32. wonderboys!

  33. Sunset Boulevard and An Angel at my Table

  34. Movies about writers cause me to drink too much.
    I’ll keep trying them, though.

    Gotta love the scenes in Finding Forrester, as the kid reads his words and all we hear is music-growing-turgid, and all we see are faces-in-rapture. Oh, to write a passage that makes the literati cum.

  35. I can’t think of a favorite, but I saw this recently:

    Starting Out in the Evening, starring an elderly Frank Langella. Anybody else seen that one?

    It’s been ages since I saw this, but I remember being smitten by a young Hugh Grant and Judy Davis as Frederic Chopin and George Sand in Impromptu. I remember it because that day was one of two times in my life that I’ve hitchhiked.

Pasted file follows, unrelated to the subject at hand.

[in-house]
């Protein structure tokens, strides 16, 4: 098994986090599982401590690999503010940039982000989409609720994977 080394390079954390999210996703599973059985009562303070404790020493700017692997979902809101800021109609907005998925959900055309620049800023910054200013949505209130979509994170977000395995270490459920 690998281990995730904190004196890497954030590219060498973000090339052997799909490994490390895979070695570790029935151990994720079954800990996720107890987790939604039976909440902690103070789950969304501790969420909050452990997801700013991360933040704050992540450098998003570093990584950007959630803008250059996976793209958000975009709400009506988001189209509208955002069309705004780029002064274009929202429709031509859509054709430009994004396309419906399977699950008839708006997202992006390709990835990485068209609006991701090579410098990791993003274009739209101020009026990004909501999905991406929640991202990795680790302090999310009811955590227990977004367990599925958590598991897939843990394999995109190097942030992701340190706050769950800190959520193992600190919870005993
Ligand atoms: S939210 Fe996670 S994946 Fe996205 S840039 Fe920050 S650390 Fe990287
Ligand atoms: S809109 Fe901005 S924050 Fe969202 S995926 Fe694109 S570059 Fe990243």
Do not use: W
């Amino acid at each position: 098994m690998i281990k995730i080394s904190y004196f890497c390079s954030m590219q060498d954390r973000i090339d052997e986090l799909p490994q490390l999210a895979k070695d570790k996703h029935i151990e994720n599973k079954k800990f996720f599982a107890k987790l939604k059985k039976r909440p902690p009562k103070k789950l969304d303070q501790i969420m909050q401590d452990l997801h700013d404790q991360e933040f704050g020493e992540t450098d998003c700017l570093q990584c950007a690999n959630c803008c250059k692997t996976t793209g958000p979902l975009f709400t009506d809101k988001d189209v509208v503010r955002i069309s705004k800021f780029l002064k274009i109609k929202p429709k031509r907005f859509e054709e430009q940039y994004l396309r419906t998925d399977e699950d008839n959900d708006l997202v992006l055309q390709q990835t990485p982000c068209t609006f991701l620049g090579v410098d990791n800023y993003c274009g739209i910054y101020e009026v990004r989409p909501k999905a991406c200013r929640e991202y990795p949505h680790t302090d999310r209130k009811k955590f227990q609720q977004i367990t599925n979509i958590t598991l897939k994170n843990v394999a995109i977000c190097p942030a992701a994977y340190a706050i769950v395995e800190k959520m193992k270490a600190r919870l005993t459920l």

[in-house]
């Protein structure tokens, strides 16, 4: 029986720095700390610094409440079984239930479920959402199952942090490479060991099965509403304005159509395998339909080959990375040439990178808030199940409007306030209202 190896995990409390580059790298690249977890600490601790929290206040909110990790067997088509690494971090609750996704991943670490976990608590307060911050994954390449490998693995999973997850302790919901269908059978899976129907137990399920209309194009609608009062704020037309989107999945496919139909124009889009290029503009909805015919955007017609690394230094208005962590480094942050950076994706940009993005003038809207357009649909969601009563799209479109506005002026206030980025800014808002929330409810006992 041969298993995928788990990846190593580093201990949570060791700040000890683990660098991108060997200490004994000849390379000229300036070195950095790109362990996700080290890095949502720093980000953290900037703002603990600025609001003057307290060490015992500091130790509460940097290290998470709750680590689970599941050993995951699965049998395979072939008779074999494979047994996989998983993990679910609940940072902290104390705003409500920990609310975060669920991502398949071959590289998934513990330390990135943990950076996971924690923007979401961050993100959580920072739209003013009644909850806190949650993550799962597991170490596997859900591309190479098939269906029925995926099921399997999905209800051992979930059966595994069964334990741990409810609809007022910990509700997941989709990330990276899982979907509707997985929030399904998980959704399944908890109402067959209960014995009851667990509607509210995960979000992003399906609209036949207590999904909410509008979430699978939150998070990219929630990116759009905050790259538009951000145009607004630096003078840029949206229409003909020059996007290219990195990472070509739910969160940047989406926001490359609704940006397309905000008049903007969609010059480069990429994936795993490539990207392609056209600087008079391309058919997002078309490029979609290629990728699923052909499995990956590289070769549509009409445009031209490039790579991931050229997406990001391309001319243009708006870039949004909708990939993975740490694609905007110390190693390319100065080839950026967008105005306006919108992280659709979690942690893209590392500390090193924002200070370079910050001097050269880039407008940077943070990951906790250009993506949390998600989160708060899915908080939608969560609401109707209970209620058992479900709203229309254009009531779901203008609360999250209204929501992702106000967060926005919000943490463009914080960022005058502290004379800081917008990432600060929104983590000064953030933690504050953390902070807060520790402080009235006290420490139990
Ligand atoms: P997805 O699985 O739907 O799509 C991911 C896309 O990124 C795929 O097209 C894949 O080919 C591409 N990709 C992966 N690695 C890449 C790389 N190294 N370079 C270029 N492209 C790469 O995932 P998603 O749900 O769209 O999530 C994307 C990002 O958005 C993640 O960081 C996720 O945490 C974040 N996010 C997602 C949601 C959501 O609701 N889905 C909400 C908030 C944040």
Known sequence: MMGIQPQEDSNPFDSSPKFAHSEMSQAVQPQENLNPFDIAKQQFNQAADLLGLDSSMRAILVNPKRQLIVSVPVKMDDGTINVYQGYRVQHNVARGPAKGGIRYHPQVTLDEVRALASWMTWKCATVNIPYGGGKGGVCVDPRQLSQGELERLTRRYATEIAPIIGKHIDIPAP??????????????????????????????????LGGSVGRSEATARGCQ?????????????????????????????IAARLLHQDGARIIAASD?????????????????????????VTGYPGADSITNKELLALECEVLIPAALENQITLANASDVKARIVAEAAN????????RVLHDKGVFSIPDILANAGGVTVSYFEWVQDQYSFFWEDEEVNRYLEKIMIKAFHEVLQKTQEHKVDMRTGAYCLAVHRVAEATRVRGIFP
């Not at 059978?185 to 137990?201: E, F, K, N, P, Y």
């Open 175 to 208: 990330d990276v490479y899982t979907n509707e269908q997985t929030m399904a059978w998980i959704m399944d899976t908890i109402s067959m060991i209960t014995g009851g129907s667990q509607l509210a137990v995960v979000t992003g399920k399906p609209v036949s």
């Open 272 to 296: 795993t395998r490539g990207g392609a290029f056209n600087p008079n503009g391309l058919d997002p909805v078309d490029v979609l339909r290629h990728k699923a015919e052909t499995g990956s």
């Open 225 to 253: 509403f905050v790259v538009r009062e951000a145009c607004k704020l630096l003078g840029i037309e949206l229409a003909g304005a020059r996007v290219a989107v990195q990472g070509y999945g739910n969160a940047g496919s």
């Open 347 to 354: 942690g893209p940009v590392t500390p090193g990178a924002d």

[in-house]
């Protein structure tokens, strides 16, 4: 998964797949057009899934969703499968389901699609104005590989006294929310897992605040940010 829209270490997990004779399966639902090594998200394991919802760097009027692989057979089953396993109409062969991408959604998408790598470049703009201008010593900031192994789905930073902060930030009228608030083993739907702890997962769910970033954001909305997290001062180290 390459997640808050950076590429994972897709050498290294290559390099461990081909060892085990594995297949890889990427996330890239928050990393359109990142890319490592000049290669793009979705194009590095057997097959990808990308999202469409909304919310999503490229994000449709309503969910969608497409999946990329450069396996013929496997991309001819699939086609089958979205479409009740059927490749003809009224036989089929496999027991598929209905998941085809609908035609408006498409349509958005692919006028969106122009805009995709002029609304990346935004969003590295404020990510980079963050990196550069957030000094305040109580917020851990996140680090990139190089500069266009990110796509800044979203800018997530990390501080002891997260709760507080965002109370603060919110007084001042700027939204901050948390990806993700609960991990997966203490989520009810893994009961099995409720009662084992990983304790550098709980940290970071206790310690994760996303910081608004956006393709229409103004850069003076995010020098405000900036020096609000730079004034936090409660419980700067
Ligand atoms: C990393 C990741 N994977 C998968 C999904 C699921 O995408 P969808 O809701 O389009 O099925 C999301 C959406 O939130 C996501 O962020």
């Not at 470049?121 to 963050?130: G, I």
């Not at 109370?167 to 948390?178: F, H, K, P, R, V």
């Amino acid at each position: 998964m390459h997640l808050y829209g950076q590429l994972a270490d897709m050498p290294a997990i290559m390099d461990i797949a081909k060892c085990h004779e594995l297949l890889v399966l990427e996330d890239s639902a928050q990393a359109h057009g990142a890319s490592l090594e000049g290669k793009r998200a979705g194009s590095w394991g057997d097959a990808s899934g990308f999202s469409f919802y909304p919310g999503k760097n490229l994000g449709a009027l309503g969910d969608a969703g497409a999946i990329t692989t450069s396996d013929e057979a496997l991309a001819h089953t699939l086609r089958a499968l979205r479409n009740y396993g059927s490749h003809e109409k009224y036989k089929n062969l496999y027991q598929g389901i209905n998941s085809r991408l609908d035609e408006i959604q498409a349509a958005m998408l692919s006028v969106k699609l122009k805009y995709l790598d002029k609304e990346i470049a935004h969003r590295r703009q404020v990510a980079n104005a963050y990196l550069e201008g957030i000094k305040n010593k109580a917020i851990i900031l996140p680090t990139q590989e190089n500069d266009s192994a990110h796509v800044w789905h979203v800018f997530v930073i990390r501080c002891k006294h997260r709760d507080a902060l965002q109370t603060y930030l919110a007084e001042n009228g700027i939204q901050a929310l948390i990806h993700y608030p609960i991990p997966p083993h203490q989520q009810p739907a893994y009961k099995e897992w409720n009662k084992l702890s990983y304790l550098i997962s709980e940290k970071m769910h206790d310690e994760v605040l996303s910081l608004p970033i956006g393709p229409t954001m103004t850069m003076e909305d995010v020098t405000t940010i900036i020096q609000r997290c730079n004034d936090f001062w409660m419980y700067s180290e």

I go the movies rarely, and they have to be eye-candy on some level to make it worth my while.

  36. Oh Misery was goood.

    I loved An Angel at my Table. Just beautiful.

  37. Out of Africa, The Way We Were, The Hours

  38. I just saw this movie yesterday. I’m hoping Zoe Kazan is terrible in the kitchen, or in bed, because no one person should have this much talent at 28.

    And what’s up with all the writer-focused films coming out these days?

  39. Definitely movement is on the cards when the Chariot appears.